Sulphur is among the secondary nutrients that help promote healthy grass growth. Though the mineral nutrient is utilised by lawns in smaller quantity as opposed to the three essential nutrients, nitrogen, phosphorus and potassium, it is nonetheless important. Sulphur is best applied to lawns in recommended amounts as determined by a soil test. Careless use of sulphur can seriously injure grasses.
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How Sulfur Works
The primary use of sulphur for lawn is to reduce pH levels of highly alkaline soils. When grasses are grown in overly alkaline soil, the availability of many nutrients is affected. The addition of sulphur in soil allows the bacteria in the soil to convert the sulphur to sulphuric acid. This lowers the soil pH through a natural biological reaction that is slower in nature than the more rapid chemical reaction caused by certain other nutrients.
Effects on Grass
Sulphur helps to encourage a lush green colour of grass. The nutrient also helps with healthy root growth. Lawns that have adequate amounts of sulphur have stronger shoots with more dense blades and overall growth. Sulphur helps to elevate the levels of carbohydrate reserves in the lawn and reduces susceptibility to common lawn diseases. Lawns that are inadequately amended with organic material are usually more prone to suffer from sulphur deficiency.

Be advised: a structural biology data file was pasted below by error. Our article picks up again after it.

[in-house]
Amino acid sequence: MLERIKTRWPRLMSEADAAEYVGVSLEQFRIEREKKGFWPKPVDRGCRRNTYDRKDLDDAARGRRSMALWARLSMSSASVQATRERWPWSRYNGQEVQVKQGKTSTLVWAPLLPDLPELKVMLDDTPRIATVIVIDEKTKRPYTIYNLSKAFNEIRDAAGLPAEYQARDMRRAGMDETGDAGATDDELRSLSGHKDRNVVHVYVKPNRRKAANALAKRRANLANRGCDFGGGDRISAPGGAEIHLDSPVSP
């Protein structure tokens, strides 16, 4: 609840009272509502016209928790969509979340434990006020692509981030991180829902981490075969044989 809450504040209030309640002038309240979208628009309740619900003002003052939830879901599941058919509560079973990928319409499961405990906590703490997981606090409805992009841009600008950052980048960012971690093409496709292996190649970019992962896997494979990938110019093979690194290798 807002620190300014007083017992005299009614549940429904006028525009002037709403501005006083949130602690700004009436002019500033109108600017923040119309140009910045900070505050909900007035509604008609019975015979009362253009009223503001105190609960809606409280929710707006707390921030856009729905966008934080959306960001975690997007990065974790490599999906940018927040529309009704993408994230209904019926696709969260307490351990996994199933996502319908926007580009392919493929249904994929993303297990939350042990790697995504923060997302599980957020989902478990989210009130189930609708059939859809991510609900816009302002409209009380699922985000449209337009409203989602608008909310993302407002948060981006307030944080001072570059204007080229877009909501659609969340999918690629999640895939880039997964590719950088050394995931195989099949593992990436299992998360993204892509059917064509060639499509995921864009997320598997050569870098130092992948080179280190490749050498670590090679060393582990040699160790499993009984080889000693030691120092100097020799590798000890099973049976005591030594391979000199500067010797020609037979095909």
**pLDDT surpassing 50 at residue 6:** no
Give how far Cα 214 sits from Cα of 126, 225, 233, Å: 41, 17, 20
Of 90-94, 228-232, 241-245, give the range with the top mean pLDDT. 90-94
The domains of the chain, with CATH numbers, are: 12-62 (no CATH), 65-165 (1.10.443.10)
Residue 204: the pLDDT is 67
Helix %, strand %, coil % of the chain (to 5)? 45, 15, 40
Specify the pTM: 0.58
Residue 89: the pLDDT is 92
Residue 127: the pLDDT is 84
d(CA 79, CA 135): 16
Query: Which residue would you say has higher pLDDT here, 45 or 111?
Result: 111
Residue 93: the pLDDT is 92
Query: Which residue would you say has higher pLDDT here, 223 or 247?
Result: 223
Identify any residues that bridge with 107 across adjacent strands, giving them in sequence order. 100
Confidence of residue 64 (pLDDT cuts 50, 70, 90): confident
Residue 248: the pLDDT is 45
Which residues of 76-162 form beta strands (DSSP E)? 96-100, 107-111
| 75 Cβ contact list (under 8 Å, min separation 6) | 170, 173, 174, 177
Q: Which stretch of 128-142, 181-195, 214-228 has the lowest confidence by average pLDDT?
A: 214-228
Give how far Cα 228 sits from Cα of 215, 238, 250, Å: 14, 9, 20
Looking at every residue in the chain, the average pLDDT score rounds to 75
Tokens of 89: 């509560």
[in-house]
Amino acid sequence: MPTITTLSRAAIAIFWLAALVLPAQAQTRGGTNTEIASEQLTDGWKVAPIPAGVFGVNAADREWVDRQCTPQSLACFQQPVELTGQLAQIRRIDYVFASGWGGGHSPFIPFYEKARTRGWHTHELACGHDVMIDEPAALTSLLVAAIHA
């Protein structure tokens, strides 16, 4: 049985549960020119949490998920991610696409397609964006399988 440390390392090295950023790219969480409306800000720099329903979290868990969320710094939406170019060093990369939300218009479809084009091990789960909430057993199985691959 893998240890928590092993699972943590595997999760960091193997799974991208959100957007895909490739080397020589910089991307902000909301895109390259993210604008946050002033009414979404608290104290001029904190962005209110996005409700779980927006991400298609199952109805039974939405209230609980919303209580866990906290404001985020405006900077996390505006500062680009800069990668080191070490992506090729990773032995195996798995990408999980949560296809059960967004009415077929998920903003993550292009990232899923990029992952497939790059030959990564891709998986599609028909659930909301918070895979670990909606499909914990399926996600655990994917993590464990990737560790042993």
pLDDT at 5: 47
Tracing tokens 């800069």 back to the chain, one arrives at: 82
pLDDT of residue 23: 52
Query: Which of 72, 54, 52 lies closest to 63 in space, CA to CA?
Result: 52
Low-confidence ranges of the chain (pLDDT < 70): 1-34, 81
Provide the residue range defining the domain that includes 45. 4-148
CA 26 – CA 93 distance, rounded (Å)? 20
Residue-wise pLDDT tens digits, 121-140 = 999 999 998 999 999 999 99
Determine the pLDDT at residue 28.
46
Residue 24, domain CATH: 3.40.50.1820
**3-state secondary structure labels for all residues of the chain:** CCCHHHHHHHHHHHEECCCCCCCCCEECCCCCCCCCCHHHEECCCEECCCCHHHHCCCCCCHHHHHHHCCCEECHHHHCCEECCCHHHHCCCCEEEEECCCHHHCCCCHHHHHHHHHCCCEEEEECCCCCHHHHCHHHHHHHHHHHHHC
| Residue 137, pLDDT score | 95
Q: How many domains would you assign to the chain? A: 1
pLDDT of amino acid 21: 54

Signs of Deficiency
Though it is best to conduct a soil test to determine sulphur requirement, deficient lawns also start to display physical symptoms of low sulphur in soil. This includes the discolouration or yellowing of older grass blade. Lawns become slow growing and younger grass is slow in maturing. Grasses that are planted in sandy soils are likely to suffer from problems related to insufficient sulphur.
Use about 0.907 to 1.36 Kilogram of sulphur for 1,000 feet of grass per year. It is also a good idea to choose a lawn fertiliser that already contains sulphur as this makes application easier, suggests the Washington State University Extension website. Water lawns well after sulphur application and avoid using excessive amounts as this can burn grass roots. Commonly used sources of sulphur include gypsum with 18.6 per cent sulphur, potassium sulphate with 17.6 per cent sulphur, ferrous sulphate with 18.8 per cent sulphur and ammonium sulphate with 24 per cent sulphur.
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